Dave D'Onofrio's Sox Beat: Atmosphere invigorating
BOSTON -- STANDING IN in the middle of the cameras and microphones after catching nine innings Tuesday night, a T-shirt featuring a picture of Ham calling his shot in "The Sandlot" was far more reflective of David Ross' excitement level than the gray hair that permeated his growing beard.
"That was a lot of fun tonight," the Red Sox' backup catcher said, a big smile opening between the hair on his face. "This crowd, and playing them, it made for a real playoff atmosphere with everybody into it. Big hits got the guys excited, that atmosphere with what the pitchers were doing — when I got done with that game, I said, 'That was a lot of fun.' "
Tuesday was indeed a fun and invigorating night at Fenway Park, where seven strong innings from Jon Lester enabled the Red Sox to deal 19-game winner Max Scherzer just his second loss of this season, a 2-1 Boston triumph that ensured the Sox would exit their three-game series with the Tigers as owners of the best record in the American League.
And that validated the Red Sox as a legitimate threat that should fear no matchup — no team, no pitcher, no lineup — come October.
It's still Detroit that could very likely have the AL's Cy Young Award winner (Scherzer) and the AL's Most Valuable Player (Miguel Cabrera), while scoring more runs than any other club (it's currently first) and allowing the fewest (it's currently second). Boston, meanwhile, probably won't place a player in the top 10 of voting for either of those individual awards, and while its offense is on par with the Tigers, its pitching is nearer the middle of the pack. On paper, the edge goes to Detroit. Perhaps decidedly.
Yet after the series that wrapped up with a rubber game Wednesday night, the Red Sox proved that on the field, if not on paper, they can compete with the Tigers. Detroit's four playoff-probable starters might all rank among the AL's top 18 in earned run average, but entering the series finale the Red Sox had the best ERA in all of baseball (2.31) since Aug. 19, including a 2.49 mark from the rotation.
Detroit may have Cabrera, and Prince Fielder, and Victor Martinez, and Torii Hunter, but the Red Sox averaged more runs per game over the month of August. Detroit may have the revered Jim Leyland, but it's been hard to find much fault with anything John Farrell has done in the dugout lately.
The Red Sox have been good enough all along that they needed to win just 12 of their final 22 to reach 95 wins for the season — and now they appear to be moving toward their peak at a perfect time, entering Wednesday with a chance to win five consecutive series for the first time this season, and continuing to demonstrate their impressive knack for meeting the moment.
That was on full display Tuesday, when they took on the best the Tigers have, and still came away winners. Early in the game, Scherzer was throwing as well as Leyland has seen this season, yet Lester made a big-time pitch to Cabrera with the bases loaded to keep the Sox in the game. That made Will Middlebrooks' two-out, two-run hit meaningful. And it became decisive when three relievers got one out apiece before Koji Uehara notched the save on nine pitches.It was a big game — "The leverage on every pitch and every play," Farrell said, "yeah, there was a little bit more importance just because of the score and who we're going up against" — and the Red Sox collectively came up big under that pressure. As they have been doing all year. And as they'll need to do against teams the caliber of the Tigers come October."When we came into spring training with the group that we had, we kind of knew," shortstop Stephen Drew said. "It takes time, and we've got to go out and play every day — (but) looking back you can kind of see the chemistry on the team. It's good. Everybody knows their role, and hopefully we just keep it rolling."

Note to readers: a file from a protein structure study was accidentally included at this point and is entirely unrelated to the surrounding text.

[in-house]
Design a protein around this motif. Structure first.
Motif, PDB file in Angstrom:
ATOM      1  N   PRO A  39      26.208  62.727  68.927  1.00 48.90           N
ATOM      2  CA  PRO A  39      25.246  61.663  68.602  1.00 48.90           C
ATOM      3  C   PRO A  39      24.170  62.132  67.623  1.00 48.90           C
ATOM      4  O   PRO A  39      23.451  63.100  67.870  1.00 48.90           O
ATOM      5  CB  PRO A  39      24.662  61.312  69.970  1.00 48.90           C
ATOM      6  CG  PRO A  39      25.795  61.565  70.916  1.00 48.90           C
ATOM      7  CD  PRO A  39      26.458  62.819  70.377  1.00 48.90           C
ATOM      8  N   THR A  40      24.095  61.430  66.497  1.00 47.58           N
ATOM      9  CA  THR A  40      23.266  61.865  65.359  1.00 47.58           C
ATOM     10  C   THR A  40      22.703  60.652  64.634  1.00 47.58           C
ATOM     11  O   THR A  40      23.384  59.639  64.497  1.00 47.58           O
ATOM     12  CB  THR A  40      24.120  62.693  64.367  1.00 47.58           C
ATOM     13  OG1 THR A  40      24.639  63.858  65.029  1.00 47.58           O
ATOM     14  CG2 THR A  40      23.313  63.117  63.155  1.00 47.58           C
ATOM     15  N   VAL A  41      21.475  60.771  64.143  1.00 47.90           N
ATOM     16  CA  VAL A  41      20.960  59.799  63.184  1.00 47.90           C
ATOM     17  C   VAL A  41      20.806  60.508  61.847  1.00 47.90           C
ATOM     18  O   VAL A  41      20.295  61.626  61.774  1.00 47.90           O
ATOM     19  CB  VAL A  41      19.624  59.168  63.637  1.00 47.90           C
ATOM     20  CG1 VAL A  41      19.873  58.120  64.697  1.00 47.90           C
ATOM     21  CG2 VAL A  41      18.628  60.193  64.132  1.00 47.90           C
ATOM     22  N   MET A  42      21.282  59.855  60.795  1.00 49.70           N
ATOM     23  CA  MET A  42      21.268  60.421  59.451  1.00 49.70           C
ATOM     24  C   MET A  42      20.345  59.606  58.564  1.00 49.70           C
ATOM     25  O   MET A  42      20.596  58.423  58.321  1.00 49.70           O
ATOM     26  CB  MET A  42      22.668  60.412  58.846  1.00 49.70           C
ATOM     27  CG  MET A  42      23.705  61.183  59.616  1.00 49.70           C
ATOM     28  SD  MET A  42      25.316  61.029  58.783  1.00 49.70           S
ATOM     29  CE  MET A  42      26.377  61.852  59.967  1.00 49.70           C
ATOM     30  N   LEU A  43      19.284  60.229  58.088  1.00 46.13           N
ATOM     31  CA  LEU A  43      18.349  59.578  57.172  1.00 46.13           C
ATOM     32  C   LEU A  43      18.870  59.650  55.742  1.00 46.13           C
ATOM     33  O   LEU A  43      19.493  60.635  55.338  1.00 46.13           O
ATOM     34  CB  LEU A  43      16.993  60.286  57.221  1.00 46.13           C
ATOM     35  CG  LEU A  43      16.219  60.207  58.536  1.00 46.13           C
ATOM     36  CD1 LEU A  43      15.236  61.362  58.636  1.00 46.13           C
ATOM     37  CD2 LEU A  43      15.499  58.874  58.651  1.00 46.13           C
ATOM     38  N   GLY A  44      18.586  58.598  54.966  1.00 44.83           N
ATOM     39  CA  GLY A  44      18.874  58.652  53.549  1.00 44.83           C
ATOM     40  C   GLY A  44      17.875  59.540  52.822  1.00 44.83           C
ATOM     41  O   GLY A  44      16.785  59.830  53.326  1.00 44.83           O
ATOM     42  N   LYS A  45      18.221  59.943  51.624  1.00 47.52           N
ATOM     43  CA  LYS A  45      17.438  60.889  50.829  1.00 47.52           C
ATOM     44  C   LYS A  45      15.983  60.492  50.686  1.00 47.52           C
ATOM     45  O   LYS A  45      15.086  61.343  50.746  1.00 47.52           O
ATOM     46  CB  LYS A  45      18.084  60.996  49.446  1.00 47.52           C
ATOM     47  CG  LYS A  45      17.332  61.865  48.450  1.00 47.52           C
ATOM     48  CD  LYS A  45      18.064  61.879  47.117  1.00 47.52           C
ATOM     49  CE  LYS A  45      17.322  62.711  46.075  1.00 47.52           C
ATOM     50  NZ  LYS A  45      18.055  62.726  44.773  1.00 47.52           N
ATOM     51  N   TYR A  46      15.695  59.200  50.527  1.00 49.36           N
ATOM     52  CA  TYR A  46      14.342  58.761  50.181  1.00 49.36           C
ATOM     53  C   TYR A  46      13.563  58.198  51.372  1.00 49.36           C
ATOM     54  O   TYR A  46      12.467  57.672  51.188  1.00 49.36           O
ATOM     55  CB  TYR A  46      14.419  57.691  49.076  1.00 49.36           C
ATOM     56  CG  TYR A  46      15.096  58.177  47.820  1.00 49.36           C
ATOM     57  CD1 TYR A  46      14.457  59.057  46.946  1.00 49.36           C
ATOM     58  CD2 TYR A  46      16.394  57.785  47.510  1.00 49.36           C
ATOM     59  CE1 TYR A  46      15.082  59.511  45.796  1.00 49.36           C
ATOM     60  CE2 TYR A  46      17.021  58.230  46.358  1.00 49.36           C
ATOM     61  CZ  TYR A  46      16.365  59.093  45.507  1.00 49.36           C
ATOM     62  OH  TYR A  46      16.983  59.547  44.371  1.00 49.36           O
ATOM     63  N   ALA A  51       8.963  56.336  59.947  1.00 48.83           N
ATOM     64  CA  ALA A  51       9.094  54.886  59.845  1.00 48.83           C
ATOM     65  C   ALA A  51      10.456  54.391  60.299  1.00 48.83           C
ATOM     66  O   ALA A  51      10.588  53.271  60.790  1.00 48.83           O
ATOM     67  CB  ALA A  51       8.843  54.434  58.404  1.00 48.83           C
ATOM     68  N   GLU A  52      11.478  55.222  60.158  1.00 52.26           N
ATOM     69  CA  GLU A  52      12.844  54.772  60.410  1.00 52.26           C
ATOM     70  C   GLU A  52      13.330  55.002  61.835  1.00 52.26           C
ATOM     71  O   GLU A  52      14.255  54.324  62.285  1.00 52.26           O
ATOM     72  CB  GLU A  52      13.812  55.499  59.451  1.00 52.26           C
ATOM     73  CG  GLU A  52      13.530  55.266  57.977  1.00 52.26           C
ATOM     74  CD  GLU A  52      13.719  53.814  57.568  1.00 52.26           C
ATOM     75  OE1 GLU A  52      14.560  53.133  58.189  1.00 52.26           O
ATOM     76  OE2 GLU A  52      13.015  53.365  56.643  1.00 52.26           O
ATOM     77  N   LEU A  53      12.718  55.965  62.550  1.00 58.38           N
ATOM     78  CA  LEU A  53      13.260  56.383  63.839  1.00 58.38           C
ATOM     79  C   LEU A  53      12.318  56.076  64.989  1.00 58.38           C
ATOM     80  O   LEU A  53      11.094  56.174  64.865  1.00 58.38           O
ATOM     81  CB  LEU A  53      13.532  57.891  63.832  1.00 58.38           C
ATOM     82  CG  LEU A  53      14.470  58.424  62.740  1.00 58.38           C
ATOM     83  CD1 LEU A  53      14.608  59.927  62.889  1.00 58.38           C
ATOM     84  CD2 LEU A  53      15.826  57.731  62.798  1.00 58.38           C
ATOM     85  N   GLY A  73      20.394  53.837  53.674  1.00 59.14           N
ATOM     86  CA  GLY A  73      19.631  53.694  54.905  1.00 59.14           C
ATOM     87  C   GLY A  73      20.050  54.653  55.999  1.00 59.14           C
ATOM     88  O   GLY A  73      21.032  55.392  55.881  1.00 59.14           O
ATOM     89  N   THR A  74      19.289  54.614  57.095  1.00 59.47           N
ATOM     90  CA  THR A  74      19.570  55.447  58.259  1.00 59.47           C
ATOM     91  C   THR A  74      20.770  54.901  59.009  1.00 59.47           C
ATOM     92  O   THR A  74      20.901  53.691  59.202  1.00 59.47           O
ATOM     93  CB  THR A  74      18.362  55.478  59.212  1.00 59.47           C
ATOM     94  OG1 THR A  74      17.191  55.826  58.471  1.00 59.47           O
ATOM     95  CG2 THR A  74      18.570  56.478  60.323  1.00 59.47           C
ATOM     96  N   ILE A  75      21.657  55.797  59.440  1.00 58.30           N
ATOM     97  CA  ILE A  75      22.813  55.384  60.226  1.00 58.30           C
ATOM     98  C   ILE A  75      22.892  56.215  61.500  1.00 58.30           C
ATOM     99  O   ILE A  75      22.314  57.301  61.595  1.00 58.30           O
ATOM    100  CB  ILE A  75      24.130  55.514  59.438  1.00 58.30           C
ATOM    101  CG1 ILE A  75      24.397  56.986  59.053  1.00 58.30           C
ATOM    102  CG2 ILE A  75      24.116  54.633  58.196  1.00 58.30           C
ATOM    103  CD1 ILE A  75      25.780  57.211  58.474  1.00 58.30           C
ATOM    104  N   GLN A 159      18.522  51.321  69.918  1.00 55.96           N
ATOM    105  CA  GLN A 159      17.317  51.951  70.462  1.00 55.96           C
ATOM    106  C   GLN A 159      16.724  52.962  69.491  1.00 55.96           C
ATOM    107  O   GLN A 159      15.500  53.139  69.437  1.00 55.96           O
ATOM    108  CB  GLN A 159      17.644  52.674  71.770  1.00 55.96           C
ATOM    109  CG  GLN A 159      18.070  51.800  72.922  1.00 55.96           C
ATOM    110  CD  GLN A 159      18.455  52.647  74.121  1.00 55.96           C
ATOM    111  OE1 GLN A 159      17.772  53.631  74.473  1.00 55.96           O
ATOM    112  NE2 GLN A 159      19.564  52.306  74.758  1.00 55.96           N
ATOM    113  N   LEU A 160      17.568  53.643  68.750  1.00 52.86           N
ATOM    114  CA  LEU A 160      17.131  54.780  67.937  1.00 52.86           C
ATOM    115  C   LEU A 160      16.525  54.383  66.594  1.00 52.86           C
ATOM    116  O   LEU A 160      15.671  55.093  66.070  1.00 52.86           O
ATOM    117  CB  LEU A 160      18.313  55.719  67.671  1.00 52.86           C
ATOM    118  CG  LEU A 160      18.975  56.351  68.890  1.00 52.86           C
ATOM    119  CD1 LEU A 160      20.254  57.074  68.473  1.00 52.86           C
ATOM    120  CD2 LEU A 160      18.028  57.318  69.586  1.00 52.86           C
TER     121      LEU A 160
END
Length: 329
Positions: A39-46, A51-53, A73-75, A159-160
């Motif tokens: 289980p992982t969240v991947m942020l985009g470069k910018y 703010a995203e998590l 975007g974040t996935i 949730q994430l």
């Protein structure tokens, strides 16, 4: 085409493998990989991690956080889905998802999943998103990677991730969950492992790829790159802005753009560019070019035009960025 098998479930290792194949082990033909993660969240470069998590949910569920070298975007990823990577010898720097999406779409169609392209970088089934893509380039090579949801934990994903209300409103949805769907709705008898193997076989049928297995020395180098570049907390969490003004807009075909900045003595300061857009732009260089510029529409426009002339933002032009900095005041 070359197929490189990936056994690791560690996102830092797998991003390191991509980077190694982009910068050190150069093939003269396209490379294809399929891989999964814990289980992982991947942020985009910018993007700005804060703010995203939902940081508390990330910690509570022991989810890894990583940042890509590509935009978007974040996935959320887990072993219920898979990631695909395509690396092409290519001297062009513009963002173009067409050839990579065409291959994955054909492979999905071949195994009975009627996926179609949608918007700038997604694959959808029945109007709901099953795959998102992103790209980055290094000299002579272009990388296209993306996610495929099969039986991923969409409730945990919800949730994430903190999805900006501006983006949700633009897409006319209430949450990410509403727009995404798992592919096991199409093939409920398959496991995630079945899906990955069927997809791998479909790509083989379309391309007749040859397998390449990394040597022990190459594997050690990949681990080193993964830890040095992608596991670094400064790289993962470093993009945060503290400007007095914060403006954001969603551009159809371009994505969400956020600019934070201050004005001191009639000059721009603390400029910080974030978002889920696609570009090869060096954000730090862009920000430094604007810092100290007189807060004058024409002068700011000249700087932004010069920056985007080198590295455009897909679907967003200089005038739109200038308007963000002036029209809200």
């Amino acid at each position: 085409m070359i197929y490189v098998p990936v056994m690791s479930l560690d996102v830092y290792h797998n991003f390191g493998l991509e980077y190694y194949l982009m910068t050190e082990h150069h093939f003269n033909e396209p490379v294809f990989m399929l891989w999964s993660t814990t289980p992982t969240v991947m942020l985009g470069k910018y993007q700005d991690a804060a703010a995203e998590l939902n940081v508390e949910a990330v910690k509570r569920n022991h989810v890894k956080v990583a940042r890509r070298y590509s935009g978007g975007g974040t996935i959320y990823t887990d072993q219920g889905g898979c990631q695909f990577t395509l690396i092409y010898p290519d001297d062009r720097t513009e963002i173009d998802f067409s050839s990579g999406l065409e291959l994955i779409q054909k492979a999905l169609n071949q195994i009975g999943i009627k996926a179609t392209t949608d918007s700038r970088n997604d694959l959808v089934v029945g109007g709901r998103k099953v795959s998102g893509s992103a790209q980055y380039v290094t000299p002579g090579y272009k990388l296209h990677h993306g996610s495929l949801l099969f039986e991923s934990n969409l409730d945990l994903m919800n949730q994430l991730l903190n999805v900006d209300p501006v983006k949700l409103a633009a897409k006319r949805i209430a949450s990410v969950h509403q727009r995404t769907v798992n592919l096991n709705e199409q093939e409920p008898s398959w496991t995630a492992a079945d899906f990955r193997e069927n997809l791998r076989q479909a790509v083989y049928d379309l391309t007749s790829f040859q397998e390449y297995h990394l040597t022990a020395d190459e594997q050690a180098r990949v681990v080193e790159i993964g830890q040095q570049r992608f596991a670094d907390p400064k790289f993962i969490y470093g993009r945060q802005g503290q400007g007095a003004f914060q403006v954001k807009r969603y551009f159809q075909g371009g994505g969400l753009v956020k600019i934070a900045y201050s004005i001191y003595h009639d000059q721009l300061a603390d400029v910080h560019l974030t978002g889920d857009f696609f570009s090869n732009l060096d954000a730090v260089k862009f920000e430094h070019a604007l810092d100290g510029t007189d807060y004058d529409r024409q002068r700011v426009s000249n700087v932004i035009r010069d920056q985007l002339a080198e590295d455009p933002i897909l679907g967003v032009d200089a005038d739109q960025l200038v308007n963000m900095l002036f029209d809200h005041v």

They'll attempt to do that tonight in New York, where they start a four-game series against the Yankees. Their rivals have been playing well lately, to the point they were within striking distance of a wild-card berth, so there's still a chance the Yankees could be one of those teams the Sox have to contend with in the playoffs.After what they've showed lately, especially after Tuesday's excitement, the Sox needn't fear the Yankees, though. Or anybody.
With Cabrera leading off the eighth on Tuesday night, and Lester finished, Farrell had a choice as he looked to the bullpen. He could've gone right to Junichi Tazawa. Instead he went with rookie Brandon Workman.And Workman rewarded that faith. After falling behind 2-and-0, he induced a lazy flyball to right from the reigning triple crown winner — and likely earning himself more high-leverage opportunities moving forward.
"Being put into a big situation like that with one of the best — if not the best — hitter in the game, it's a big spot and a spot I like to be in," Workman said. "I like being put into places like that, so I was excited for it."
And when he is placed in that situation again, the 25-year-old righty will carry with him the confidence from that encounter.
"Confidence-wise, it was obviously a big out," he said. "It was only one out, but it was a big out for us. It builds confidence to go in there and get that done."
After sitting a night earlier to rest an ailing right hand that will require management the rest of the season, Jacoby Ellsbury was back atop the Red Sox lineup. Catcher Jarrod Saltalamacchia sat again with back soreness, while Clay Buchholz's wife gave birth to the couple's second child, so he remains on track to make his final rehab start today. He'll pitch for Triple-A Pawtucket in their playoff series at Rochester.
Dave D'Onofrio covers the Red Sox for the New Hampshire Union Leader and Sunday News. His e-mail address is firstname.lastname@example.org.